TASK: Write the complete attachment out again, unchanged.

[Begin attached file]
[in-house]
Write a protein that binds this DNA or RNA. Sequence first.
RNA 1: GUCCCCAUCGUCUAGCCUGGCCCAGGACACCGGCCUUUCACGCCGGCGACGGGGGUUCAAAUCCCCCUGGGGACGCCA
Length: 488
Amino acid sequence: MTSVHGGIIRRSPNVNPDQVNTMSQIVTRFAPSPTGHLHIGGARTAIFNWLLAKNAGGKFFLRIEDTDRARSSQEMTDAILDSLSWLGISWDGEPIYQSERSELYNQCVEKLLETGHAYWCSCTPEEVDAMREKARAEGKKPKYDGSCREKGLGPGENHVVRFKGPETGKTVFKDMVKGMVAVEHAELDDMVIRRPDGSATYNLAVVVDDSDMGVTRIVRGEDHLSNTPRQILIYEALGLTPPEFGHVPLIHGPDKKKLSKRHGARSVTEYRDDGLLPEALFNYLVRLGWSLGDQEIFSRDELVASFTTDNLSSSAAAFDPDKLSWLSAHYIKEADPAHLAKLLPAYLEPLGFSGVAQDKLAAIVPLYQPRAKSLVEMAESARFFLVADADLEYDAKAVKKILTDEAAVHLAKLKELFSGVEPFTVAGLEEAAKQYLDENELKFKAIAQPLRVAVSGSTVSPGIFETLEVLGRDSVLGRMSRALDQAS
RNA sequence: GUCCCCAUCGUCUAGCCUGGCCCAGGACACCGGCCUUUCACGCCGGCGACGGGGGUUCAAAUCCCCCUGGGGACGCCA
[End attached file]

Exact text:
[in-house]
Write a protein that binds this DNA or RNA. Sequence first.
RNA 1: GUCCCCAUCGUCUAGCCUGGCCCAGGACACCGGCCUUUCACGCCGGCGACGGGGGUUCAAAUCCCCCUGGGGACGCCA
Length: 488
Amino acid sequence: MTSVHGGIIRRSPNVNPDQVNTMSQIVTRFAPSPTGHLHIGGARTAIFNWLLAKNAGGKFFLRIEDTDRARSSQEMTDAILDSLSWLGISWDGEPIYQSERSELYNQCVEKLLETGHAYWCSCTPEEVDAMREKARAEGKKPKYDGSCREKGLGPGENHVVRFKGPETGKTVFKDMVKGMVAVEHAELDDMVIRRPDGSATYNLAVVVDDSDMGVTRIVRGEDHLSNTPRQILIYEALGLTPPEFGHVPLIHGPDKKKLSKRHGARSVTEYRDDGLLPEALFNYLVRLGWSLGDQEIFSRDELVASFTTDNLSSSAAAFDPDKLSWLSAHYIKEADPAHLAKLLPAYLEPLGFSGVAQDKLAAIVPLYQPRAKSLVEMAESARFFLVADADLEYDAKAVKKILTDEAAVHLAKLKELFSGVEPFTVAGLEEAAKQYLDENELKFKAIAQPLRVAVSGSTVSPGIFETLEVLGRDSVLGRMSRALDQAS
RNA sequence: GUCCCCAUCGUCUAGCCUGGCCCAGGACACCGGCCUUUCACGCCGGCGACGGGGGUUCAAAUCCCCCUGGGGACGCCA